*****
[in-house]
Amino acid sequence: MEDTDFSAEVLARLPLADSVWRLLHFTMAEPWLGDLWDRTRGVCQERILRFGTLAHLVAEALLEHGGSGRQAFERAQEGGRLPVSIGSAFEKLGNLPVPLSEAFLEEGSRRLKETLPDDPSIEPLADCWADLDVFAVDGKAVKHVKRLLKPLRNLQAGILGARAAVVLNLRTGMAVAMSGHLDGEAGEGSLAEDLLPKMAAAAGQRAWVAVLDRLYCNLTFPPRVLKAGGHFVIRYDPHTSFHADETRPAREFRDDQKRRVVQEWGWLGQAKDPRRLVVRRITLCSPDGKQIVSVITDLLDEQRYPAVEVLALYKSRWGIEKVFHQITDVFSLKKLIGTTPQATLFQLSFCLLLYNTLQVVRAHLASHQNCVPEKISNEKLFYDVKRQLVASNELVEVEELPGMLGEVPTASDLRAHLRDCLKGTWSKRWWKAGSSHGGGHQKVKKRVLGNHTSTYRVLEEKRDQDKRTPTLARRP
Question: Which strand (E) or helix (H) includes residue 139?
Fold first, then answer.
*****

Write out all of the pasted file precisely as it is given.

[in-house]
Amino acid sequence: MEDTDFSAEVLARLPLADSVWRLLHFTMAEPWLGDLWDRTRGVCQERILRFGTLAHLVAEALLEHGGSGRQAFERAQEGGRLPVSIGSAFEKLGNLPVPLSEAFLEEGSRRLKETLPDDPSIEPLADCWADLDVFAVDGKAVKHVKRLLKPLRNLQAGILGARAAVVLNLRTGMAVAMSGHLDGEAGEGSLAEDLLPKMAAAAGQRAWVAVLDRLYCNLTFPPRVLKAGGHFVIRYDPHTSFHADETRPAREFRDDQKRRVVQEWGWLGQAKDPRRLVVRRITLCSPDGKQIVSVITDLLDEQRYPAVEVLALYKSRWGIEKVFHQITDVFSLKKLIGTTPQATLFQLSFCLLLYNTLQVVRAHLASHQNCVPEKISNEKLFYDVKRQLVASNELVEVEELPGMLGEVPTASDLRAHLRDCLKGTWSKRWWKAGSSHGGGHQKVKKRVLGNHTSTYRVLEEKRDQDKRTPTLARRP
Question: Which strand (E) or helix (H) includes residue 139?
Fold first, then answer.